g) the use of traditional knowledge and management for threatened species recovery and other outcomes as well as opportunities to expand the use of traditional knowledge and management for conservation;
h) the adequacy of existing funding streams for implementing threatened species recovery plans and preventing threatened fauna loss in general;
Is anyone going to say “I have more money than I need, would you like to have some back?” However, the funding stream for this type of work has in the past decade significantly diminished. That needs to be turned around. There are some good opportunities to further support the private conservation sector, but also there are gaps which private conservationists are not good at. These should be identified and filled by the Commonwealth Government.
Investing government money should always consider the returns on that investment, rather than the cost of the investment. The tiny amounts now invested in the environment are inadequate to generate a worthwhile return.
i) the adequacy of existing monitoring practices in relation to the threatened fauna assessment and adaptive management responses;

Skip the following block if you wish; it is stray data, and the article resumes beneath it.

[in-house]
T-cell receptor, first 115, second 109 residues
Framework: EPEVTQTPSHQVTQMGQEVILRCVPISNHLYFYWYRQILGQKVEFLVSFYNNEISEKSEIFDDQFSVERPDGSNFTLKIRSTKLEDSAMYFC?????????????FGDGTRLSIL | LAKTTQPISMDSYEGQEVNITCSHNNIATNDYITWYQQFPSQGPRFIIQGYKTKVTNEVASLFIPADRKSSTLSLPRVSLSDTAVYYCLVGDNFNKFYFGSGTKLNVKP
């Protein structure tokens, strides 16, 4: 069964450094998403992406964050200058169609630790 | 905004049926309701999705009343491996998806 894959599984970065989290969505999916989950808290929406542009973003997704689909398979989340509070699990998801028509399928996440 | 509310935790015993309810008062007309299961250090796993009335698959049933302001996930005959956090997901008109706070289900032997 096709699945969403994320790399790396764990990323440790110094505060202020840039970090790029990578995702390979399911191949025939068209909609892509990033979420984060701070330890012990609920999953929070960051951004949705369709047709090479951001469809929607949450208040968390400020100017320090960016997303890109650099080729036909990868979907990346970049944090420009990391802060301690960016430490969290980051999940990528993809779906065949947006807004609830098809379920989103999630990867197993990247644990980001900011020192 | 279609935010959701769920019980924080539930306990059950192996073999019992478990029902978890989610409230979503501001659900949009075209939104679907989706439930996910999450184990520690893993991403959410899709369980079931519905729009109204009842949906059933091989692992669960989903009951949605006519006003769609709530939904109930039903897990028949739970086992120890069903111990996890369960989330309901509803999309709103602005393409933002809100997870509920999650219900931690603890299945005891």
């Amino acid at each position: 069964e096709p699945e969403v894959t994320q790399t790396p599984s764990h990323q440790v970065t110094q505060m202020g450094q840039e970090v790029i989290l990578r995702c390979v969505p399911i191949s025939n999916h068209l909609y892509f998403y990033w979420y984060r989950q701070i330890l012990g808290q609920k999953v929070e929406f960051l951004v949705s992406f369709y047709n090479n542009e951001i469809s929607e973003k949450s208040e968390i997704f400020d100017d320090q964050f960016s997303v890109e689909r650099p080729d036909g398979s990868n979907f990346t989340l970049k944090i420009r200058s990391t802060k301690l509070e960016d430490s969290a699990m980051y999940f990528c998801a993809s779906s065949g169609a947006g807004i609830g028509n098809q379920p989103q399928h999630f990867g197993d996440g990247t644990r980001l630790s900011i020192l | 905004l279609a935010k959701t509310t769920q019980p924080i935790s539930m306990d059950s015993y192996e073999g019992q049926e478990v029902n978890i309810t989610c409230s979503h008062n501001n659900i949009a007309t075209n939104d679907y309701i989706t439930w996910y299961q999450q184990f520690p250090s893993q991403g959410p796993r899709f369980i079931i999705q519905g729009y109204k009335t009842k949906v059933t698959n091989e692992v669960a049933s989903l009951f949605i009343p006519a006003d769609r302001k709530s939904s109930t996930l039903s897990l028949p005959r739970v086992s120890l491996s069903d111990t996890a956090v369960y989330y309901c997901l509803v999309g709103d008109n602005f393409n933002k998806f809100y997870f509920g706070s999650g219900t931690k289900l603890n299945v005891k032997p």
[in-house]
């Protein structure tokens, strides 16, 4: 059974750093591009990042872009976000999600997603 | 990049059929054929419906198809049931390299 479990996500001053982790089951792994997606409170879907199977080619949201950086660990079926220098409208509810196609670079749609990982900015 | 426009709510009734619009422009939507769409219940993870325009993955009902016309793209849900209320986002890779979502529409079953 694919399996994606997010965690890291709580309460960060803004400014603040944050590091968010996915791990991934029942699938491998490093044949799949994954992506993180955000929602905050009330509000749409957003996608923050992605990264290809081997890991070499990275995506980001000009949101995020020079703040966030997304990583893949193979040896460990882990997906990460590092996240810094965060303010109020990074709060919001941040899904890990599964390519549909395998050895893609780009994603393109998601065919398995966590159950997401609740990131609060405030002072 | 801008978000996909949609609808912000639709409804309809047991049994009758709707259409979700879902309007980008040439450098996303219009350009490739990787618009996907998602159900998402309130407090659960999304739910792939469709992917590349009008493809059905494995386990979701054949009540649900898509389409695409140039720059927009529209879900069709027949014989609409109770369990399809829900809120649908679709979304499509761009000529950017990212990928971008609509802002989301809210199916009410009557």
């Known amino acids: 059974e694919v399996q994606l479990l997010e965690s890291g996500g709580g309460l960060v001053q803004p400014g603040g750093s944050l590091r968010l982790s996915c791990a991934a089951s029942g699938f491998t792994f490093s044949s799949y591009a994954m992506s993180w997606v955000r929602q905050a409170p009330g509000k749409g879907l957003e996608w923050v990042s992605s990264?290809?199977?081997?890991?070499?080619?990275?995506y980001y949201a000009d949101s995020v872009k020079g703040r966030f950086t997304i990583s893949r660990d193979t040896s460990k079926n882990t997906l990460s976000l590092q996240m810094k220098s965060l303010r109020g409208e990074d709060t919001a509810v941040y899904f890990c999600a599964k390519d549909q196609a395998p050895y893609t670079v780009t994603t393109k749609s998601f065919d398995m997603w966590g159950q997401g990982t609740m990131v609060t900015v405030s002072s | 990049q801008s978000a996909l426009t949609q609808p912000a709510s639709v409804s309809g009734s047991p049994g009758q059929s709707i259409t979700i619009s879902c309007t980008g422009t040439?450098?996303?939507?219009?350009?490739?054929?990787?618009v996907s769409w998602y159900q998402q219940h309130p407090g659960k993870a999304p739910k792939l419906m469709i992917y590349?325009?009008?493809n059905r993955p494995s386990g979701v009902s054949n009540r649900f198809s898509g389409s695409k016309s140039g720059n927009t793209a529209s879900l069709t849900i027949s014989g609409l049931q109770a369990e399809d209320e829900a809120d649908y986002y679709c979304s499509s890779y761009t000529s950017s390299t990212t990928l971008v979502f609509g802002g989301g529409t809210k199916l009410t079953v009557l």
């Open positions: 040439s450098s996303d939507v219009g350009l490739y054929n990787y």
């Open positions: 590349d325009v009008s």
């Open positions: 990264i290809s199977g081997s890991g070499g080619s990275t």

j) the adequacy of existing assessment processes for identifying threatened fauna conservation status;
Identifying threatened fauna, developing and implementing management plans involve highly contested matters of science and are often stymied by absence of data. This approach is cumbersome and often ineffective.
Adding the National Wildlife Corridors Plan to the mix would reduce the importance (and reliance on) the EPBC’s assessment/management plan approach for every species.
k) the adequacy of existing compliance mechanisms for enforcing Commonwealth environment law;
These too are suffering from lack of funds. Breaches of the regulations (principally EPBC) are followed up less and less often. Due to lack of resources the threshold for initiating prosecutions has increased.
We farmers are all aware of this and most play to the umpire. Dispersed habitat is critical, absolutely critical, for the migration of wildlife between reserves and is fast being lost. Precious little is being done about it.
To maintain and improve links across a landscape the Commonwealth Government should use both the carrot and the stick, and encourage State and local governments to do the same. There is not much carrot or stick about compliance at present.
l) any related matters.
As climate change progresses, some agricultural lands will inevitably become unsuited to their current use. What happens then? EFN believes land managers in marginal farming and grazing areas should be paid for ecosystem services such as biodiversity enhancement, invasive species management etc in addition to current Carbon Farming Incentives.
A strong reserves and corridors plan would supply knowledge of what works and what doesn’t not just for fauna but also in farmer/government collaborations. That knowledge is a critical part adapting to climate change for both mankind and other animals.